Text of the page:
Nigerians continue to endure long lines at fuel pumps as the country continues to face a severe fuel crisis.
According to reports, the crisis has been triggered by an acute dollar shortage and the state oil company’s inability to sign agreements that will enable the exchange of crude oil for gasoline.
NUPENG: Fuel Scarcity will Persist Without Forex: The Nigeria Union of Petroleum and Natural Gas Workers (NUPE… https://t.co/0vhjPaAqqf— THISDAY LIVE (@THISDAYLIVE) March 17, 2016
Government is trying its best, there is a sabotage and the whole idea is sabotage. Some people are sabotaging the efforts of the government.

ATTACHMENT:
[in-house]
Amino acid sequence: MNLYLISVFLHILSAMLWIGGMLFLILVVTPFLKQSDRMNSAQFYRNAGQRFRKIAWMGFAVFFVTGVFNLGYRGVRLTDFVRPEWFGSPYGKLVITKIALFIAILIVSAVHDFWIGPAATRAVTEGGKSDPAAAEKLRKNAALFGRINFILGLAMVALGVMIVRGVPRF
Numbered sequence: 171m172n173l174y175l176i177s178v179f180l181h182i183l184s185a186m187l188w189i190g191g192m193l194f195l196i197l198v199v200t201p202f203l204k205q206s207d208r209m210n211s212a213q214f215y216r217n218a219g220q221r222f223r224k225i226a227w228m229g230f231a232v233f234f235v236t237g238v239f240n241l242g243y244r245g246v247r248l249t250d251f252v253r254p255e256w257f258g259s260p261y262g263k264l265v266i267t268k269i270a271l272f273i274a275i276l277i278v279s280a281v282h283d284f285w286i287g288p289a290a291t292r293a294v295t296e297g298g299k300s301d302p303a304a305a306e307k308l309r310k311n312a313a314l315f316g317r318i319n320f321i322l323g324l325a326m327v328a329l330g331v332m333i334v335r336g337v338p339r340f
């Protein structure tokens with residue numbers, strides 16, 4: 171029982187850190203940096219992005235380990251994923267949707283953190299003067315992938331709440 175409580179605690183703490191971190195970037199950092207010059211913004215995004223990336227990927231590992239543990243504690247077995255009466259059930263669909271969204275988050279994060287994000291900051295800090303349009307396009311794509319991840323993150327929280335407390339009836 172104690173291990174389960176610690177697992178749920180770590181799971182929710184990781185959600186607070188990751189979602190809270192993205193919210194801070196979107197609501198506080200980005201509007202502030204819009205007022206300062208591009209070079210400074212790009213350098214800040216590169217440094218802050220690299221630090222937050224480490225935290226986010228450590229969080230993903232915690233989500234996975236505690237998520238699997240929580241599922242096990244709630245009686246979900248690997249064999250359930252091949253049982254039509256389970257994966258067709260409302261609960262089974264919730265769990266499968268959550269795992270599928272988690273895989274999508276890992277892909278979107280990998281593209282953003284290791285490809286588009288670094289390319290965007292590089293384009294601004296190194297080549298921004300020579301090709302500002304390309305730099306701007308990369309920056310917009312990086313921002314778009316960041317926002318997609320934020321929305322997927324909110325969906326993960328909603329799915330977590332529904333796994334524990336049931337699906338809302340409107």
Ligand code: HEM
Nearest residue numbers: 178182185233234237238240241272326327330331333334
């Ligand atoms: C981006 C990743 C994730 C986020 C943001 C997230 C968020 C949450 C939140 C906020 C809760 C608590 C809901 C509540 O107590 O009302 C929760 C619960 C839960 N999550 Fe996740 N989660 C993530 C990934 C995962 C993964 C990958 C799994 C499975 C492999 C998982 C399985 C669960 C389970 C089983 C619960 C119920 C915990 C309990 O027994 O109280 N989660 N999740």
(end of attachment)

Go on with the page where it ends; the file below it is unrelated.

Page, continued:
As a result, many fuel stations have been closed across the country crippling the nation’s economy.
Yarima Zafanaya a businessman in Abuja laments, “It’s somehow very very bad. How can somebody be in the queue since morning up to this hour now? It is almost 12 now and we have not gotten what we came for.”
The country’s fuel crisis has lingered for several months and has paved the way for black market traders who sell gasoline in jerry cans. This gasoline is often sold at a much higher price.
“Government is trying its best, there is a sabotage and the whole idea is sabotage. Some people are sabotaging the efforts of the government,” a Civil servant Aliti Sambo said.
Nigeria is Africa’s biggest oil producer, yet the country imports all of its domestic gasoline and about 90 percent of petroleum products.
For a long time now, the country’s oil and gas sector has been marred by widespread corruption. It is in this regard that President Muhammadu Buhari vowed to tackle graft in the industry.